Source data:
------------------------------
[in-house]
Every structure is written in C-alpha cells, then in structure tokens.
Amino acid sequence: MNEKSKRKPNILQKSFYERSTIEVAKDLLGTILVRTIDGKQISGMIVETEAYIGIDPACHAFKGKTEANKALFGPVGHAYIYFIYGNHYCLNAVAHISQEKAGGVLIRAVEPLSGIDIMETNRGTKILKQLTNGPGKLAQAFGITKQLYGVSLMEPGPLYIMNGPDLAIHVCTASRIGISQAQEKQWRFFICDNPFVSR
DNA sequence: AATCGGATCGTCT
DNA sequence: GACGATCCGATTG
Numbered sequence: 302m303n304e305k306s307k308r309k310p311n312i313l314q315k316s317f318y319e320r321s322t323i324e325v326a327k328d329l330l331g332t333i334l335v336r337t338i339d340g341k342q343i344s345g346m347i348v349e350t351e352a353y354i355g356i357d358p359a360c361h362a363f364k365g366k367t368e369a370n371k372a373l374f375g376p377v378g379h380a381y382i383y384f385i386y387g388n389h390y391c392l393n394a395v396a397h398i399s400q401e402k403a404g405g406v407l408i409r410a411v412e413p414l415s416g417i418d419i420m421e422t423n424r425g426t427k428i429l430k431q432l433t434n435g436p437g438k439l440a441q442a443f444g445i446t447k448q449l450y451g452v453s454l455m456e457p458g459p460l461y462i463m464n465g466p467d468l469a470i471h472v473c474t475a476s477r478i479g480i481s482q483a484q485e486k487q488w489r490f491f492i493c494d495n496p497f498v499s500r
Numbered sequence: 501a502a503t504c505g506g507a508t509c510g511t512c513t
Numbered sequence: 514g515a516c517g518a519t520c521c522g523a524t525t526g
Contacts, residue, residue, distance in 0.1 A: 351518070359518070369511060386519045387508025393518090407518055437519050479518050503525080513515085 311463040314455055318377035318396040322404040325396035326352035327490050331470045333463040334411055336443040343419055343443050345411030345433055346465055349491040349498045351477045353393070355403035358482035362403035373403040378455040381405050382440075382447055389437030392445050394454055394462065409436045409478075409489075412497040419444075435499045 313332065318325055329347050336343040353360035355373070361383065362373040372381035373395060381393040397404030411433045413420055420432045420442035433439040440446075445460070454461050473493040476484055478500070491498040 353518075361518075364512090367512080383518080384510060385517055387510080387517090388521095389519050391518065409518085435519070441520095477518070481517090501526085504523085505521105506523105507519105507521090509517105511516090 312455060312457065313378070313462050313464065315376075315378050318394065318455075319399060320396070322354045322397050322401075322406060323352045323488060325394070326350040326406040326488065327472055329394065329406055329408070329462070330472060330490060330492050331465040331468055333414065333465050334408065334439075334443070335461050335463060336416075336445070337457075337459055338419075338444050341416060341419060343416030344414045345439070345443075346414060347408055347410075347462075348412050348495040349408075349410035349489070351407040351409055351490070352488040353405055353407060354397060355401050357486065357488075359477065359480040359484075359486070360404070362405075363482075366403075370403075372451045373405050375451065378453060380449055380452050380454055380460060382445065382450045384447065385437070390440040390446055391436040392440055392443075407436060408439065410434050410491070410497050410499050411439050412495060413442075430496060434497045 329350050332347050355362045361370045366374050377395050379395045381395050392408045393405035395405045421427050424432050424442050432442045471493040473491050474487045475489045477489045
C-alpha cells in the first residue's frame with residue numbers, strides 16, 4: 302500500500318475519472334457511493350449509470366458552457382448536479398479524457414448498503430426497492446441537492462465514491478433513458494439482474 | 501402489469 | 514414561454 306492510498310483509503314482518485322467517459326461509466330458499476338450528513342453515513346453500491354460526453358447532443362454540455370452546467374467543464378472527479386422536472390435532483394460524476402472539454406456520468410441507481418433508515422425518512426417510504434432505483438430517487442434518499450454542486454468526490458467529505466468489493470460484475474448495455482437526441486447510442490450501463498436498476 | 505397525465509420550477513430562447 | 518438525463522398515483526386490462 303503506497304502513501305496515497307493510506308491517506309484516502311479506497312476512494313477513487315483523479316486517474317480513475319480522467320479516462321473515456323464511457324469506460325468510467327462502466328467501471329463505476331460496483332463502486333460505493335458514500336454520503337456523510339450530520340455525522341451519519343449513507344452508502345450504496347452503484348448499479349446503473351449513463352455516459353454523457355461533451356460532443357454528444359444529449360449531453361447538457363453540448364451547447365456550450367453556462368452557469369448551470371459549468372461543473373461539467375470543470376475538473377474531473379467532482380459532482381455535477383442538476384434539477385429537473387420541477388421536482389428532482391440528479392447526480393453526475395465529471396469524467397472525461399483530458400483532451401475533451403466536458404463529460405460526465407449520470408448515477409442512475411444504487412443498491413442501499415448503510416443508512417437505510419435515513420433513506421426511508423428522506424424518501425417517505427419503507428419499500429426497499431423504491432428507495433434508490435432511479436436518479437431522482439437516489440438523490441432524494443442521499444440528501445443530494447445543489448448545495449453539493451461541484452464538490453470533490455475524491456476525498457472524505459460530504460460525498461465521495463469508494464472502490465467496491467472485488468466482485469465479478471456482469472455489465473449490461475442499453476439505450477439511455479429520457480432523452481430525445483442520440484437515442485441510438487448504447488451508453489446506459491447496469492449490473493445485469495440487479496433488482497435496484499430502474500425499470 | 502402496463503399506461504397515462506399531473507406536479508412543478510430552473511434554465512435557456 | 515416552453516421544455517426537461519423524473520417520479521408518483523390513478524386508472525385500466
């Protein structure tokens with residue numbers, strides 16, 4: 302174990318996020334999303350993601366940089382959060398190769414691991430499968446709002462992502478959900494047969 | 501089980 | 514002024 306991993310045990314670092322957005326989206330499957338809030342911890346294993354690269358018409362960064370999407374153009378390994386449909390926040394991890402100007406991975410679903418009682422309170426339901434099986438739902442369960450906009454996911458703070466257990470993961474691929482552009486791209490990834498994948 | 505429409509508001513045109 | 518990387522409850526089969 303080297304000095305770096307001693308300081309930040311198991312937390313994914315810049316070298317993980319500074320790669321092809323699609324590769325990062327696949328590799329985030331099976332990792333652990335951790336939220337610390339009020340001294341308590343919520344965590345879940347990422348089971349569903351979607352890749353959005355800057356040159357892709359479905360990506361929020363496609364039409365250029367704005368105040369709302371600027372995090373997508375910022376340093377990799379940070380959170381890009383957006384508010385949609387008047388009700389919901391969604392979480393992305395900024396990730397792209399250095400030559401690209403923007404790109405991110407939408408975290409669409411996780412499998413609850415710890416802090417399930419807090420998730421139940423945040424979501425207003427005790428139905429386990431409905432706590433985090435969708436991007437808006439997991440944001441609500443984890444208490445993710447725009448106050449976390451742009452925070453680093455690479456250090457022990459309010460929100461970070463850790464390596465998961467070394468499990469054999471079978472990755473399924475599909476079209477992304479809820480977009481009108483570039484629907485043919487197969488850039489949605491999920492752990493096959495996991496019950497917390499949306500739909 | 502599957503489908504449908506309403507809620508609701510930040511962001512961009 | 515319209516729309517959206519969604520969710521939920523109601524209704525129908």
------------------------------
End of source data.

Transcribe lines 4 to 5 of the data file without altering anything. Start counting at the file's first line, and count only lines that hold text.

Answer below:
DNA sequence: AATCGGATCGTCT
DNA sequence: GACGATCCGATTG